Rock Island Armory .22 TCM and .22 TCM 9R – Part 1, by The Novice

The following is my Range Report: on the Rock Island Armory .22 TCM and .22 TCM 9R models

Recoil influences my practical handgun accuracy. This made me wonder if I should experiment with a caliber that produces less recoil than 9 mm, which is my current go-to self defense handgun round.

First I checked out what was available in .380 ACP. I wanted something that was recoil operated with a double stack magazine and a four to five inch barrel. I could not find anything in .380 ACP that fit that profile.

Then Ruger introduced the Ruger 57, and my attention was drawn to the FN 5.7×28 mm cartridge. As I was studying that cartridge, I ran across some references to the .22 TCM. It sounded like a very interesting cartridge, producing muzzle energy similar to the 9 mm, while creating significantly less recoil.

I contacted Rock Island Armory to ask if I could borrow one of their full-sized M1911 A2s chambered in .22 TCM for testing and evaluation. They agreed to provide me with a sample (henceforth called the “22TCMFS”) along with 250 rounds of ammunition. Several days later I picked up the 22TCMFS from my FFL, and arrived home to find the box of ammo on my doorstep.

Opening the Box

The 22TCMFS arrived in what I consider to be an ideal sized case (11.5″ X 8.5″ X 3″). A smaller case would not be large enough to comfortably hold the firearm and magazines. A larger case would take up too much space inside of my gun safe. Another feature that I liked about the case was that it uses sliding latches rather than the less durable flexible plastic hinge type latches that are found on many cases.

Along with the 22TCMFS and two magazines, the case contained a plastic bag with an inspection certificate, two test fired casings, an Allen wrench, a small screwdriver tool, and the owner’s manual.

I read the manual to familiarize myself with the 22TCMFS, and to see how well the manual was written. The largest section of the manual consists of parts lists and exploded diagrams of the various models of Rock Island Armory 1911s chambered in .22 TCM. I noted that the manual claims that these handguns have an effective range of 100 yards, that this model weighs 2.448 pounds, and that it has a trigger pull of between 3 and 4 pounds. I was also interested to note that the manual recommends lubricating the 22TCMFS with 5 weight light machine oil or motor oil.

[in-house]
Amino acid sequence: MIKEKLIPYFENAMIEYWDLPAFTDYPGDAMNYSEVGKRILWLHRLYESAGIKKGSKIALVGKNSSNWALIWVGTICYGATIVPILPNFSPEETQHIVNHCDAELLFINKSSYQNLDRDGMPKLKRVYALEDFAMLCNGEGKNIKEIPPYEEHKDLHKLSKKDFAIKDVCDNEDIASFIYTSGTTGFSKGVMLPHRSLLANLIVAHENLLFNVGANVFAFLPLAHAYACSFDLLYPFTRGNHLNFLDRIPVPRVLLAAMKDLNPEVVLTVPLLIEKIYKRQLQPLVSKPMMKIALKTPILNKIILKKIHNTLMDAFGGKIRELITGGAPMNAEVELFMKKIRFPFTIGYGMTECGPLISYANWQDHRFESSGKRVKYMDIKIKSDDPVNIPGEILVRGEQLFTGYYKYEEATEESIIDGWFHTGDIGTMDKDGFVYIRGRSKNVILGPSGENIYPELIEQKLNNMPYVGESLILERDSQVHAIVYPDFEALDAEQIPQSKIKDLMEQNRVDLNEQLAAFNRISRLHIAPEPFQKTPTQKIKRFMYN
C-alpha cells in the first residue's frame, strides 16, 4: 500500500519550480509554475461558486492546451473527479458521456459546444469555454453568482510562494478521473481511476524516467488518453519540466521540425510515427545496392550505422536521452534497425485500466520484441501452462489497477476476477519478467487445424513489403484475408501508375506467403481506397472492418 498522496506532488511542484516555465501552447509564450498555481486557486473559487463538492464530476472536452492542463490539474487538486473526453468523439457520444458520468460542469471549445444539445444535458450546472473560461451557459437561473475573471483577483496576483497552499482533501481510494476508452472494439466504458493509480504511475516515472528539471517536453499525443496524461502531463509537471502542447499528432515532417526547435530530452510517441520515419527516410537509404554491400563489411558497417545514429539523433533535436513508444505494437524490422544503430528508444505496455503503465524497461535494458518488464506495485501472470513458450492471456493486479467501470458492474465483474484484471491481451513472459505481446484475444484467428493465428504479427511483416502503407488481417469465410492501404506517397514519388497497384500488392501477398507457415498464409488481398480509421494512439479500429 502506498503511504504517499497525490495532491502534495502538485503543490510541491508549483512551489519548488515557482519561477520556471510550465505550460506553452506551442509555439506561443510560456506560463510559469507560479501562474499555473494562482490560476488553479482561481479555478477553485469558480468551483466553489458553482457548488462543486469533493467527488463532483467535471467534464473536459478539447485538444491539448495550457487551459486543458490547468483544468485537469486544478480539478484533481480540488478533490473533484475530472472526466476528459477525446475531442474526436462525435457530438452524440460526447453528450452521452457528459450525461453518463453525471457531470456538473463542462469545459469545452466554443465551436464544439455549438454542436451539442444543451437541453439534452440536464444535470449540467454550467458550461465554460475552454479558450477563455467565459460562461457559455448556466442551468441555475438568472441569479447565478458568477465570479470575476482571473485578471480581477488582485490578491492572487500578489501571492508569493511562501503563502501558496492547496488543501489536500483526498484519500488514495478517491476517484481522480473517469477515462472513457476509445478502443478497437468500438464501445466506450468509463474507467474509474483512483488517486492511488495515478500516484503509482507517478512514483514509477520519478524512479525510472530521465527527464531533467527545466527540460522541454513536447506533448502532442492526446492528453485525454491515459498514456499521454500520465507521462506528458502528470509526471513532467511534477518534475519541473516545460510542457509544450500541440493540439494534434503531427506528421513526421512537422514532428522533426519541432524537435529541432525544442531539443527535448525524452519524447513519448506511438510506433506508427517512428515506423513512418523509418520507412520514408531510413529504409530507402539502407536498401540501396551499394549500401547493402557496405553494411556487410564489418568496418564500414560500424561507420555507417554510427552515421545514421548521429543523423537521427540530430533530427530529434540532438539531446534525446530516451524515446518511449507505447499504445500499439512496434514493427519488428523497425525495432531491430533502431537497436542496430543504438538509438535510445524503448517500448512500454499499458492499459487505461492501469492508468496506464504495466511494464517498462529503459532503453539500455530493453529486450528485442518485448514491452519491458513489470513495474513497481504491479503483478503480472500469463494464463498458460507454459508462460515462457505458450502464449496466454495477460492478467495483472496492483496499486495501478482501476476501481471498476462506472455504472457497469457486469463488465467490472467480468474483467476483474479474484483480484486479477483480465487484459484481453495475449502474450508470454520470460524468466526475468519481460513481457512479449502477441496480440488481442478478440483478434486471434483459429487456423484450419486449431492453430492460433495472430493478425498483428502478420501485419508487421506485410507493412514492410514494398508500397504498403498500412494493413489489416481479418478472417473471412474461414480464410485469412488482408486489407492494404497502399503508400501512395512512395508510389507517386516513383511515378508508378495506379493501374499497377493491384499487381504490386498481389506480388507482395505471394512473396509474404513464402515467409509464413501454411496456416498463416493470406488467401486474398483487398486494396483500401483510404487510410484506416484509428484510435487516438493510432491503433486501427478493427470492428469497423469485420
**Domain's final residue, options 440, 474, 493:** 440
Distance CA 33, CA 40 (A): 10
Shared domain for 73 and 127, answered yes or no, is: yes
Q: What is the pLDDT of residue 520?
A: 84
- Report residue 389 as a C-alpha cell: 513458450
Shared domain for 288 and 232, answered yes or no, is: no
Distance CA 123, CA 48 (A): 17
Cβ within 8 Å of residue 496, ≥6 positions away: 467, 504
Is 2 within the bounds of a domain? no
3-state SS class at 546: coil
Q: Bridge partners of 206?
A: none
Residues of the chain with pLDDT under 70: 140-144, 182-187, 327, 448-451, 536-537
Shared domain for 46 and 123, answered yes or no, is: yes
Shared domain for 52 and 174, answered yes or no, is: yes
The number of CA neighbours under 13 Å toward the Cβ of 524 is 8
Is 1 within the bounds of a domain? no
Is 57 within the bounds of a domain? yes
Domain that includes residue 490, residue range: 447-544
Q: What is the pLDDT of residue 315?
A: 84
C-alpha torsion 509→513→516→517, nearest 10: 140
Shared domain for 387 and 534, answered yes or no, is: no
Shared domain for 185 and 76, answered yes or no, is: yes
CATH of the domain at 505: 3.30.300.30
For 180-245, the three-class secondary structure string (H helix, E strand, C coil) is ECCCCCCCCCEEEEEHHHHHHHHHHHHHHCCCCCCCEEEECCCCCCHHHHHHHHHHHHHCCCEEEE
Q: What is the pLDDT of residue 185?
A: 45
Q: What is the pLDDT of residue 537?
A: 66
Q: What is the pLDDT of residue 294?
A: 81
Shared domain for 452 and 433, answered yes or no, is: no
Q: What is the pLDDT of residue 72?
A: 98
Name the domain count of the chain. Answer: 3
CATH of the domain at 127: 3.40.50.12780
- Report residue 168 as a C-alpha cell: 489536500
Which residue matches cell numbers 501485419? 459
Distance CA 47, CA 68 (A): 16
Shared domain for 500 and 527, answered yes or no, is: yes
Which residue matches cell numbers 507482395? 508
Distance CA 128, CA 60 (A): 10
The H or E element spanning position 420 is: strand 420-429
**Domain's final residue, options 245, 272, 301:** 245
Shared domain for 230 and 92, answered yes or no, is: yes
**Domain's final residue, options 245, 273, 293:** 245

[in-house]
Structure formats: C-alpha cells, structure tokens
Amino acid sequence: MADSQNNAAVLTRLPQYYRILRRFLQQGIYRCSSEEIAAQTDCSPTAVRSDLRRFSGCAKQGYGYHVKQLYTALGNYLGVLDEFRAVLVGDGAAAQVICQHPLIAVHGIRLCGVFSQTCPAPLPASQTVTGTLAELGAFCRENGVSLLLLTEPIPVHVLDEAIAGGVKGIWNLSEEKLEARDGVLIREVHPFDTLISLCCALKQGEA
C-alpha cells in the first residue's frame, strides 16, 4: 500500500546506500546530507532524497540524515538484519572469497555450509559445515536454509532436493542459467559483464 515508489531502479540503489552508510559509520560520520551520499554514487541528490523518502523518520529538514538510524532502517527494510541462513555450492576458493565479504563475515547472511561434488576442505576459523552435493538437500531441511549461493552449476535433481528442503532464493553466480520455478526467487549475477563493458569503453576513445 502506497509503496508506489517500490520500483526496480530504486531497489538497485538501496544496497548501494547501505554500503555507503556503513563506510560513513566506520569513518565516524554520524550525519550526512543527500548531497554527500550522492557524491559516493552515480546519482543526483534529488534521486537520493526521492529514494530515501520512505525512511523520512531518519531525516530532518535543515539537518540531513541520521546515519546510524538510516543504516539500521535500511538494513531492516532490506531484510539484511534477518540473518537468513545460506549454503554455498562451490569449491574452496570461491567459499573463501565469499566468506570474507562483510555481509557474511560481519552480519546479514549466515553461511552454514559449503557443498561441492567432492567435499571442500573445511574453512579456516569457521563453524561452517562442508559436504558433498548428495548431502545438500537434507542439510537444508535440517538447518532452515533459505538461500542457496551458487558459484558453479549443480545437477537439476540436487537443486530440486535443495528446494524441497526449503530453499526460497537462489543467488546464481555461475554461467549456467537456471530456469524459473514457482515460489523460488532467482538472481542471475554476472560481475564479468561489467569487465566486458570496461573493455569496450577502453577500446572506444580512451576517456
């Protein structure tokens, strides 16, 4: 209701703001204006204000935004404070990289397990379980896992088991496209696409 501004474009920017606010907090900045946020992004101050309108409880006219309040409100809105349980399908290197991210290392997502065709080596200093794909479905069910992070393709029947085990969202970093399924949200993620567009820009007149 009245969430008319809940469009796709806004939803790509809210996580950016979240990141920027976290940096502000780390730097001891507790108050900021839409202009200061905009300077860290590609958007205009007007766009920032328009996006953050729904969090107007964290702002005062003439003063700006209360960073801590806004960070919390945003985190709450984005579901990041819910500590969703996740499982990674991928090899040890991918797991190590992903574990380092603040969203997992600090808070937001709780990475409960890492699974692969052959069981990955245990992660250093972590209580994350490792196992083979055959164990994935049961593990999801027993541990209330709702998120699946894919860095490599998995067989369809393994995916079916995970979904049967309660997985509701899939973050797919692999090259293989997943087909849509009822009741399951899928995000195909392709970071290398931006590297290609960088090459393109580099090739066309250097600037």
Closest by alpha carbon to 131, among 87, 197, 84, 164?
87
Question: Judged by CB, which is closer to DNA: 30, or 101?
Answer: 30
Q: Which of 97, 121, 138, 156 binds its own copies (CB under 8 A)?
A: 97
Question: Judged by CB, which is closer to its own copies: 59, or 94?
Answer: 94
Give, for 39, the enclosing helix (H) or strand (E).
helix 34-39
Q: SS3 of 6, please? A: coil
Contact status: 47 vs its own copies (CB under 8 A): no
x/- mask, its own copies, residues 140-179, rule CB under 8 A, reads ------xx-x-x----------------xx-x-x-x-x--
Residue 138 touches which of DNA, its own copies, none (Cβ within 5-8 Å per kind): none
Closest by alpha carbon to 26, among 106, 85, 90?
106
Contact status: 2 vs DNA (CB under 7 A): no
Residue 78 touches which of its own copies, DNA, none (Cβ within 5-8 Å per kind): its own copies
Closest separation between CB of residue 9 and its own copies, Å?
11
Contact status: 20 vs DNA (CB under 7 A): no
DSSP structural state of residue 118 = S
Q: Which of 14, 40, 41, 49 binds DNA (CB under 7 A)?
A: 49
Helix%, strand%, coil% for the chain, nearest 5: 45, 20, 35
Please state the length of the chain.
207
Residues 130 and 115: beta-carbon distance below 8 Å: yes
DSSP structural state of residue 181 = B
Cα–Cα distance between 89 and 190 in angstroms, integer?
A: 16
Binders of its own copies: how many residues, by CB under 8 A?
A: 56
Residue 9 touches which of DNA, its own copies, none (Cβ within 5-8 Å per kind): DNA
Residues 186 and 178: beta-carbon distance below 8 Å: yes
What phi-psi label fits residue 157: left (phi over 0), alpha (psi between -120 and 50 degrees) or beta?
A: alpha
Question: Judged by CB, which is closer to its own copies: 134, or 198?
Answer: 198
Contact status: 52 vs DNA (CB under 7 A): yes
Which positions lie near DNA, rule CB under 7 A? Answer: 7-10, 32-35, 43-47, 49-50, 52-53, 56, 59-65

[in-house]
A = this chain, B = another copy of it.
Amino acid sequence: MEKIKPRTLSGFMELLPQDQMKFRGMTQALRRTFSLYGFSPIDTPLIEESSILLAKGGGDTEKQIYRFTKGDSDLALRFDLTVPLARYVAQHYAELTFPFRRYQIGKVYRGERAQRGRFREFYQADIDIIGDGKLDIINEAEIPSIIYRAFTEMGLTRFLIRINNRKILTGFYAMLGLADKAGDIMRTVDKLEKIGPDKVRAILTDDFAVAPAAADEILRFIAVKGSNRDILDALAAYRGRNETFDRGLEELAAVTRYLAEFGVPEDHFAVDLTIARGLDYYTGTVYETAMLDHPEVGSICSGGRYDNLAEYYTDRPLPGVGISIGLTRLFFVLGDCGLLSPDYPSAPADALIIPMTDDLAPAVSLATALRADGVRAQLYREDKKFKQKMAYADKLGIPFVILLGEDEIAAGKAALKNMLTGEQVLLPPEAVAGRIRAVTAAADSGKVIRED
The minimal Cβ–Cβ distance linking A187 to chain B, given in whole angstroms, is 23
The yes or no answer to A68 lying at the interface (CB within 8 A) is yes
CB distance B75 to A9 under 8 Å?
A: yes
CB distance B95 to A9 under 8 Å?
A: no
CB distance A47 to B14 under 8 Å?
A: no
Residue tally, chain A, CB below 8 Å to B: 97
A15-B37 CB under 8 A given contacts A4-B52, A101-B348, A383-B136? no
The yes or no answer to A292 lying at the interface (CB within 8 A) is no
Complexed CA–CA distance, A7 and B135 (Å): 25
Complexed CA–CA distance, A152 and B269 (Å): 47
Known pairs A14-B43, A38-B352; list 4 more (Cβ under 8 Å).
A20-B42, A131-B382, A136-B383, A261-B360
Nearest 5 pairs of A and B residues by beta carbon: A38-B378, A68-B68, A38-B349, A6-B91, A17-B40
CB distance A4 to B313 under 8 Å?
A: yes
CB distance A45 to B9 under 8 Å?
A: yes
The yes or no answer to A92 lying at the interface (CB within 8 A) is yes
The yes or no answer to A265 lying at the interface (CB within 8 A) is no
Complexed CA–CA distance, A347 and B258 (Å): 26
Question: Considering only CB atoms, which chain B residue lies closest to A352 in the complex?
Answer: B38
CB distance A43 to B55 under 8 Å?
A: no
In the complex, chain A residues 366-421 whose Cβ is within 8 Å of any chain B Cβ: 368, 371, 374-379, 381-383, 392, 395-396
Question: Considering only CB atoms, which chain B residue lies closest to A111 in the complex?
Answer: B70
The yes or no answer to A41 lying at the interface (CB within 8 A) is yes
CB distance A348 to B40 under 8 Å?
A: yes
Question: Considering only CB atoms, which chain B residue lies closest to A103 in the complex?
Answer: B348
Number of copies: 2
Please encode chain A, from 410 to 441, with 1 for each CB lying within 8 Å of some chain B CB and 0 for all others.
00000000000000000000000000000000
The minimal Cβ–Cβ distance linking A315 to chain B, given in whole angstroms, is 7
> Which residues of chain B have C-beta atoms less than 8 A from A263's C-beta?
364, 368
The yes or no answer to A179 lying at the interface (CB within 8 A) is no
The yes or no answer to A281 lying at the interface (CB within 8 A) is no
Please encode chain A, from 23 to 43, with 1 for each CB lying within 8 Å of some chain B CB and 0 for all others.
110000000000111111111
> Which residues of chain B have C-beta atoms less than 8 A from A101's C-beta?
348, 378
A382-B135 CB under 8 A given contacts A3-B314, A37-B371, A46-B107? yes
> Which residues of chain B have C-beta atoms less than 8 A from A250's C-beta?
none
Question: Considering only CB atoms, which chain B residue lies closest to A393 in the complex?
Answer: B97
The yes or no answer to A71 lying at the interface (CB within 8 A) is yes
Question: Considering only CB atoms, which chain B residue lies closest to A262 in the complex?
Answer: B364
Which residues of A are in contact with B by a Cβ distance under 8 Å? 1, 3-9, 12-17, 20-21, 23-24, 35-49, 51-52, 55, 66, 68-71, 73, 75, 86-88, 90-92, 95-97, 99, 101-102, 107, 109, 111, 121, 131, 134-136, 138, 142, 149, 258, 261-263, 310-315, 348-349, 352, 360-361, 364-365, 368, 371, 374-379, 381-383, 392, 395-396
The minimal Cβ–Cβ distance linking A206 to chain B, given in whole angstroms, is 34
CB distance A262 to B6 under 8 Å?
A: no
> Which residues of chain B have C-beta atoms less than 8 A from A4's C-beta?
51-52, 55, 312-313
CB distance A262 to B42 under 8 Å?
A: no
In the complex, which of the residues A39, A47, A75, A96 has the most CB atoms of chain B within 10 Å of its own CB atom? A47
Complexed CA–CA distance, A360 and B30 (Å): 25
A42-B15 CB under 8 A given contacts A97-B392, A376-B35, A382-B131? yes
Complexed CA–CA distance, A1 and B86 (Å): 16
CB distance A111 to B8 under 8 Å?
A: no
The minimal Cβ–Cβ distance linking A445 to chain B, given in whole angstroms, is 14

I took the 22TCMFS from the case and field stripped it to familiarize myself with its major parts. The 22TCMFS has a nice workmanlike black Cerakote finish. Its initial appearance was marred by splotches of excess oil. These were easy to remove in the initial cleaning.

The trigger was very smooth and broke crisply. The rear sight adjusts for both windage and elevation. The fiber optic front sight is quite easy to acquire. The slot on the rear sight is a bit narrower than I would prefer.

From The 1911 Family

I have fired 1911s occasionally, but this was my first experience field stripping and cleaning one. It was a clear revelation of the genius of John Moses Browning. My Walther P99 is easier to carry for an extended period of time, but there is just something aesthetically pleasing about a hefty hunk of Mr. Browning’s steel. A Beretta 92 is a more elegant design in many ways, but the 1911 is the original that served as the inspiration for all the others.

The ammo consisted of 40-grain jacketed hollow points with spiffy nickle plated casings. They looked almost too nice to shoot.

The First Range Session

I took the 22TCMFS and ammo to the range behind my barn for some initial testing.

First, I function-tested each of the magazines. I was able to load 17 rounds in each as expected. The last couple of rounds in each magazine were a little snug, but not excessively so.

Then I fired a series of five groups of 10 shots each offhand from 15 yards. Each shot produced an authoritative WUMP, but less recoil than would be typical for 9 mm.

I put an average of 72% of each group within two inches of the center of the target. I was a little disappointed, since I had been achieving similar accuracy with my Walther P99 with a four inch barrel. I was hoping that the lighter recoil and longer sight radius of the 22TCMFS would give me better groups (My greater proficiency with the P99 may have been partly due to greater familiarity, or because the interchangeable back straps on the P99 allow it to fit my hand better than the 22TCMFS).

Bottleneck Pistol Cartridges

Bottleneck pistol cartridges have a long and distinguished history, stretching back at least as far as the 7.65 x 25 mm Borchardt of 1893. The Borchardt led to the 7.63 x 25 mm Mauser of 1896. The Soviets juiced up the Mauser round in 1929 to become the 7.62 x 25mm Tokarev.